Thoughts on a way to conclude the Premiership and Scottish Cup

I had a GP appointment this morning. As I approached the automatic door it didn’t open and I looked for a button to press. I then heard a voice coming from an intercom low to my right. As I crouched low and advised I was there for an appointment, I was asked a series of questions around symptoms I may or may not be exhibiting, as well as my foreign travel experiences of the past 14 days. I must have passed the test as I gained entry and the door opened. As I walked in the receptionist advised me not to approach the desk and to walk straight to the waiting room.

Something similar happened when I went to collect my son from his after school club later that day. Stopped at edge of car park I was asked by a nice teaching assistant, who I was there to collect. Usually I get to walk in, sign him out, collect his schoolbag and hear his complaints that he’s ‘not ready to go home yet’. Not yesterday.

I was then brought his coat, schoolbag and strangely, wellies, change of clothes and PE kit. Reason being, the school is getting a deep clean at short notice and anything left behind after today was getting destroyed. I wasn’t even allowed to touch the signing out book or pen, it was signed on my behalf. I was sent on my way and advised to check in regularly with the school’s website as to when they may close. When and not if I noted.

It seems no-one is taking any risks. Today Scottish football took the same common sense approach and stopped football indefinitely or until at least the 3 April if they follow the lead from the FA. That’s unlikely to be enough, however it gives time for everyone to take stock and work out what we’re all going to do.

All of this is unprecedented for everyone. No-one has the answers, there isn’t a soul who can draw on experience on this one. It’s a common occurrence in society to have a blame culture, but in this one you can blame who you like, chances are they are in no way responsible or know much more than you or I about what to do.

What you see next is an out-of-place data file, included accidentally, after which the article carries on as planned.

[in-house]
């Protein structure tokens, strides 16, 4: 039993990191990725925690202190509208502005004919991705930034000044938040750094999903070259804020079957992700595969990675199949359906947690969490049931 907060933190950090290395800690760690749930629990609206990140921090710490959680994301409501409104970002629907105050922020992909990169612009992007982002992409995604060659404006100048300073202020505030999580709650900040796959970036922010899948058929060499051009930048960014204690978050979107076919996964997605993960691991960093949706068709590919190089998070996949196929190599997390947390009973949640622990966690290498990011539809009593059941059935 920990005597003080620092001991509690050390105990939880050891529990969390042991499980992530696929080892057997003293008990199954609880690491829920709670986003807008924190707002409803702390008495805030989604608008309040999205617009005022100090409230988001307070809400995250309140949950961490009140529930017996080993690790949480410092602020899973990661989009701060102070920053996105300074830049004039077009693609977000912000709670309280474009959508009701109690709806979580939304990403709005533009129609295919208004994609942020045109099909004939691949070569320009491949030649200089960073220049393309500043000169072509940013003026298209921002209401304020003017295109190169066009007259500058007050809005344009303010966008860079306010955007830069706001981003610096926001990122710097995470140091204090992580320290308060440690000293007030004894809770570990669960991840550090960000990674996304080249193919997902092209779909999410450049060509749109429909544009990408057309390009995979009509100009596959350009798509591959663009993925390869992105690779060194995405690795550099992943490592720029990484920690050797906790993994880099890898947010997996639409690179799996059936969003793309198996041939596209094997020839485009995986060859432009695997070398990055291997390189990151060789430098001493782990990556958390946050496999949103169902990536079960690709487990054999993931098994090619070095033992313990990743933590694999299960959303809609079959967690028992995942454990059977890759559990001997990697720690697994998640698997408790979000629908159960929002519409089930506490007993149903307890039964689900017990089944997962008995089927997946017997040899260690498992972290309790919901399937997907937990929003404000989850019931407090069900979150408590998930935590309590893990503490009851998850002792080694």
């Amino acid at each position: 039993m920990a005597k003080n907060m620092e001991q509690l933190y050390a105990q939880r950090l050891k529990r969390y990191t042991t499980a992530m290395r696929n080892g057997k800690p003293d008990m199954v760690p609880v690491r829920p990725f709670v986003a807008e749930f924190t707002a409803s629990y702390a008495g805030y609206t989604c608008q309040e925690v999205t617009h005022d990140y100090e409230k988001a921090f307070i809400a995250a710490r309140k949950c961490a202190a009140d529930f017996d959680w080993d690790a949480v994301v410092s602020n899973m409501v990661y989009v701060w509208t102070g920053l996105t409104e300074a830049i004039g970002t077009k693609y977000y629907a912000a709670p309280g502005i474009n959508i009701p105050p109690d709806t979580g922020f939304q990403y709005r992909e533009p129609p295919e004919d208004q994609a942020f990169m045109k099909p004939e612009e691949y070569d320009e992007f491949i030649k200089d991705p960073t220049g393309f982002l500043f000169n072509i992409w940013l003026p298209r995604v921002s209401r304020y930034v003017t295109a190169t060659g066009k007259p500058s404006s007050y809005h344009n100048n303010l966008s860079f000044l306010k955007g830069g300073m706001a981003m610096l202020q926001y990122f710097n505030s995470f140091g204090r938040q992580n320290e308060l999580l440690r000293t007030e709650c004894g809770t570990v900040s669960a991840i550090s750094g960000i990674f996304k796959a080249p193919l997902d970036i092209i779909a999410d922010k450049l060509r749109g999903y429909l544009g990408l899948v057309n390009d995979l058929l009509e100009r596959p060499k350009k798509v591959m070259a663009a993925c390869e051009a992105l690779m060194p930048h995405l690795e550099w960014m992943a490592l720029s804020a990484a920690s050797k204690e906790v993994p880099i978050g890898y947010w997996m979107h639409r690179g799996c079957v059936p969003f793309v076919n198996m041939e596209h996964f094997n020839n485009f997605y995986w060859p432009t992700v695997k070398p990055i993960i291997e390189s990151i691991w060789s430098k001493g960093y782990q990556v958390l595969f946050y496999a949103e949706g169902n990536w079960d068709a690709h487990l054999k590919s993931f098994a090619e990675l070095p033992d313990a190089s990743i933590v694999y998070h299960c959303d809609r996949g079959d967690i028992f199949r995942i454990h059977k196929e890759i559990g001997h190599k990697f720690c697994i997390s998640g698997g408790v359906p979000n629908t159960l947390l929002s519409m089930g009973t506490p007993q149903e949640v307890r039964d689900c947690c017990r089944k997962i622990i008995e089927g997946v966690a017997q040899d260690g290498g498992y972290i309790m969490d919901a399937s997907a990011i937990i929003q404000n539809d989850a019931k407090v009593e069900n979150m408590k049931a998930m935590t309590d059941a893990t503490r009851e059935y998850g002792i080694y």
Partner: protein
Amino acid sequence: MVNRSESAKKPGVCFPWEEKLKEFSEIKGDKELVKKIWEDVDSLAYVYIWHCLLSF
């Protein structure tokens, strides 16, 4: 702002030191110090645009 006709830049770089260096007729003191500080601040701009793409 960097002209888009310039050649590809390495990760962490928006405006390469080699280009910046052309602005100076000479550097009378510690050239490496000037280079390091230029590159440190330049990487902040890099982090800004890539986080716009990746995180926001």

All we can do is listen to the most qualified medical minds and hope they somehow get more right than they get wrong. Then we follow advice and put one foot in front of the other until we ride this out. If we’re lucky enough to do so.

We may be fortunate and the measures we put in place mean we can get back to normal in a couple of weeks but that is highly unlikely, it may be a visit to the cinema, a holiday abroad or attending a fully spectated game of football is a possibility within 4-6 weeks, the truth is that is rather optimistic.

In the meantime we have a pause in the footballing calendar in Scotland. No big deal in the whole scheme of things I’m sure, but I for one am agitating for a fair way to conclude this. We have a league season with eight or nine games to play depending on which team you follow and if you are Celtic, Hearts, Hibs or Aberdeen the not insignificant issue of a Scottish Cup to win.

For me the SPFL and SFA have only two choices. Once this three weeks is up and if the current situation is unchanged or worsened they can only do this.

They can give advance notice that the league will conclude once all clubs have played each other an equal amount of times. They can then conclude the Scottish Cup semi-final and final over the course of a Tuesday and Wednesday midweek, followed by the final on the Saturday of that same week.